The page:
TUESDAY, Sept. 4, 2018 (HealthDay News) — From 1997-1998 to 2015-2016, there was an increase in the prevalence of attention-deficit/hyperactivity disorder (ADHD) among children, according to a study published online Aug. 31 in JAMA Network Open.
Guifeng Xu, M.D., from the University of Iowa Stead Family Children’s Hospital in Iowa City, and colleagues used data from the National Health Interview Surveys to estimate the prevalence of diagnosed ADHD and 20-year trends among U.S. children and adolescents. Surveys were conducted annually from 1997 to 2016; the analysis included 186,457 children and adolescents aged 4 to 17 years.
The researchers found that 7.9 percent of the children and adolescents were reported to have ever been diagnosed with ADHD. In 2015 to 2016, the weighted prevalence of diagnosed ADHD was 10.2 percent. Significant sex and racial/ethnic disparities were seen in the prevalence of diagnosed ADHD, with a prevalence of 14.0 and 6.3 percent in boys and girls, respectively, and 6.1, 12.0, and 12.8 percent in Hispanic individuals, non-Hispanic whites, and non-Hispanic blacks, respectively. The estimated prevalence of diagnosed ADHD increased over the 20-year period, from 6.1 percent in 1997 to 1998 to 10.2 percent in 2015 to 2016. Significant increases in prevalence were seen among all subgroups by age, sex, race/ethnicity, family income, and geographic regions.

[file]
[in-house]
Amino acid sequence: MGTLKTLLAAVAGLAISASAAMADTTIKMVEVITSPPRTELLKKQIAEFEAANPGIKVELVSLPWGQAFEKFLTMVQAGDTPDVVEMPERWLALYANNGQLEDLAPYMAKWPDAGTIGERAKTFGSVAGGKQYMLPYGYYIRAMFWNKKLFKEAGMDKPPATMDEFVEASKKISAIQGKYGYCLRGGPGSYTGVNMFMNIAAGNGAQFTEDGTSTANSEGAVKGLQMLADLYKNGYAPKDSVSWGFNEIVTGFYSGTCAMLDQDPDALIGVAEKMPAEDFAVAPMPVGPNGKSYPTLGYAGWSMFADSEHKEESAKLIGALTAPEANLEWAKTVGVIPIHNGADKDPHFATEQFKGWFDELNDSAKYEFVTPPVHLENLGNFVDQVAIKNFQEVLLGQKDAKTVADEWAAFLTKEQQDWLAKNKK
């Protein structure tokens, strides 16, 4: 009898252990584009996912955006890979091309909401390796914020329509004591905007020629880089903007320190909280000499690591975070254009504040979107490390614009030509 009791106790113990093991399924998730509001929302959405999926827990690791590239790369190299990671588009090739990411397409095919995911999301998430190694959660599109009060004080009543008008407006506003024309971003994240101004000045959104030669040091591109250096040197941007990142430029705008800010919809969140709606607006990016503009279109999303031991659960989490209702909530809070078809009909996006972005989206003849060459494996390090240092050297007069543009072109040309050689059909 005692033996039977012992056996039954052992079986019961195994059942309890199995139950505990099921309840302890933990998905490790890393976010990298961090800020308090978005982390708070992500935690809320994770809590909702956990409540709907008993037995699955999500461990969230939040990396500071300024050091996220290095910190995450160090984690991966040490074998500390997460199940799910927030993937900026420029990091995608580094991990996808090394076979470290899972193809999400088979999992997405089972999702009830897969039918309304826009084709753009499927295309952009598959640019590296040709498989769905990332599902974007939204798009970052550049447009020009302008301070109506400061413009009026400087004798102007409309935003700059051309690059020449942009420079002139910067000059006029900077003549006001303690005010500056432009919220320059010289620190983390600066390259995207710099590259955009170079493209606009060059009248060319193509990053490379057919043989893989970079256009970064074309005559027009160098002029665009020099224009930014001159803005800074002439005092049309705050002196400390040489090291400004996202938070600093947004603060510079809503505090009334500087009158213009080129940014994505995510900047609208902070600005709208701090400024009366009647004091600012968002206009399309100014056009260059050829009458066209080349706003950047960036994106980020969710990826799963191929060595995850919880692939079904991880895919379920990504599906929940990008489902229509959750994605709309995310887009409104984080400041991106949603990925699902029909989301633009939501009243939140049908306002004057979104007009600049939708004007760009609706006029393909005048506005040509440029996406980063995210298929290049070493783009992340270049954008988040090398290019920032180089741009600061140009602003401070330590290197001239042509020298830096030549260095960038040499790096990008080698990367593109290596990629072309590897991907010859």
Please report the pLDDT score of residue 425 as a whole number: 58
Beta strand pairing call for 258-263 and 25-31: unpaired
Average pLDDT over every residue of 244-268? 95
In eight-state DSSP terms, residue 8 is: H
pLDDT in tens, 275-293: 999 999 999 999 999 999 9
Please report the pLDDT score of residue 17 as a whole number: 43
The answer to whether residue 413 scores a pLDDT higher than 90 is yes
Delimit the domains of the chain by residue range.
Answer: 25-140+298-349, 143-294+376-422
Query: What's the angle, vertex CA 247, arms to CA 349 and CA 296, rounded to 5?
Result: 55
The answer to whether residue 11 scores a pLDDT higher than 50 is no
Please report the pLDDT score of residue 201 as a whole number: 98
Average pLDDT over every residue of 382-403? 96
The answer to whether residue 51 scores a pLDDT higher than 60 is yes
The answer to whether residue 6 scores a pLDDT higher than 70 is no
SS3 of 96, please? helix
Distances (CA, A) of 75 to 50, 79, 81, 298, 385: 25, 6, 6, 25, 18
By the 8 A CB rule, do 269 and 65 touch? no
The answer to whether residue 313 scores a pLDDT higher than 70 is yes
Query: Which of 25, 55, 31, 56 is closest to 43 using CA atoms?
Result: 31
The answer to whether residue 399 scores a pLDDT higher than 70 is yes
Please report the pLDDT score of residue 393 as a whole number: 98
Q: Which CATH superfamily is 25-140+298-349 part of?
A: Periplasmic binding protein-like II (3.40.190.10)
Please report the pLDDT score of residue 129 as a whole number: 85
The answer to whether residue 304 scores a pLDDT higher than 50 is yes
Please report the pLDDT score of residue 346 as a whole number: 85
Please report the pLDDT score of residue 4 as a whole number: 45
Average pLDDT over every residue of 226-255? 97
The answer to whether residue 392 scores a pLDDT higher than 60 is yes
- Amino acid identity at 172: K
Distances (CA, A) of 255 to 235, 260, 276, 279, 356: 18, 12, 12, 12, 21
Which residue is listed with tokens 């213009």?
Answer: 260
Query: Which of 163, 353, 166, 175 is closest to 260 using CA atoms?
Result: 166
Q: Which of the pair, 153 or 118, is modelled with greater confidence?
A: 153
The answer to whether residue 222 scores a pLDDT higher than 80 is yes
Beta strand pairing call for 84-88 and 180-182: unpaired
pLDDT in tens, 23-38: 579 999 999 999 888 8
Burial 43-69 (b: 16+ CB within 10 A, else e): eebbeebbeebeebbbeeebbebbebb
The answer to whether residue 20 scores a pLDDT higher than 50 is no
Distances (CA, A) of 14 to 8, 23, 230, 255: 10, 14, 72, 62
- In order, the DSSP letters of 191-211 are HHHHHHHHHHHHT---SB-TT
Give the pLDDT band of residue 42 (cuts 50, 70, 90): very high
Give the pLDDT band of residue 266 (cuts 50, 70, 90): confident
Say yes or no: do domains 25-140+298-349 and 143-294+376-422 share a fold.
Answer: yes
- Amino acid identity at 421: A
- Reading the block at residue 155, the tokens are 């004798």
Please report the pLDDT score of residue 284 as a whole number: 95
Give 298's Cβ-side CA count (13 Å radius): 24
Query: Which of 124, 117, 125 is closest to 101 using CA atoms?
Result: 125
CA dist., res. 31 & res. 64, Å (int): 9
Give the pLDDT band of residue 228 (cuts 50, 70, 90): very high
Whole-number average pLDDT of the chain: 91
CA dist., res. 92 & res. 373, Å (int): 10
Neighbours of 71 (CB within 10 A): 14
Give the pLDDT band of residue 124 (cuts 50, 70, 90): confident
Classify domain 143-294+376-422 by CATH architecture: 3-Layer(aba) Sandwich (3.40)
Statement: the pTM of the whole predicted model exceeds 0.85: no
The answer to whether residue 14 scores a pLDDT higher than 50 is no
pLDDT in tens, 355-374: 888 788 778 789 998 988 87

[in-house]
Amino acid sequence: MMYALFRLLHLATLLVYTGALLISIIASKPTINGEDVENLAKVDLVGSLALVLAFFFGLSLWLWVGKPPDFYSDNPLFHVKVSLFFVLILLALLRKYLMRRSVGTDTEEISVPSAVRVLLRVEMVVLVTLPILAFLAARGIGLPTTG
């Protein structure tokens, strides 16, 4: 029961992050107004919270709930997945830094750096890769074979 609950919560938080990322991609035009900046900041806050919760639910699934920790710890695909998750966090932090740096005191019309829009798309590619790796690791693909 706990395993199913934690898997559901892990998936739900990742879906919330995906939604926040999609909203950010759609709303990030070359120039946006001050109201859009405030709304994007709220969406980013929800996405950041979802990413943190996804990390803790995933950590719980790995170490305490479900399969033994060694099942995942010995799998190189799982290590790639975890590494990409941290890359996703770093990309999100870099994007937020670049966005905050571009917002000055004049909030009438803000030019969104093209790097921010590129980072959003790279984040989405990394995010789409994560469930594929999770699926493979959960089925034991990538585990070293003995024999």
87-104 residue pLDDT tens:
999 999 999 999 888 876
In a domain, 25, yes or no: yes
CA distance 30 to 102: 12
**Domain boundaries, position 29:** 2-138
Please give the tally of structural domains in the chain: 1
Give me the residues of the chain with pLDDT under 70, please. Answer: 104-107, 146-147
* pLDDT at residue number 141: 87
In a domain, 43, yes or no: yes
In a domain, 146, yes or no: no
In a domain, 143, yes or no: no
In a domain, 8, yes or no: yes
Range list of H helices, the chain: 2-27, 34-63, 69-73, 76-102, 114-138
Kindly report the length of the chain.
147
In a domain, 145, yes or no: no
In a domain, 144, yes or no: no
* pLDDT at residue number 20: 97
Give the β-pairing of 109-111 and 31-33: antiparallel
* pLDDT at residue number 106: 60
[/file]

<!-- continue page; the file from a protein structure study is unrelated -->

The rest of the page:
“This study suggests that additional research is needed to better understand the cause of this apparent rise in prevalence,” the authors write.
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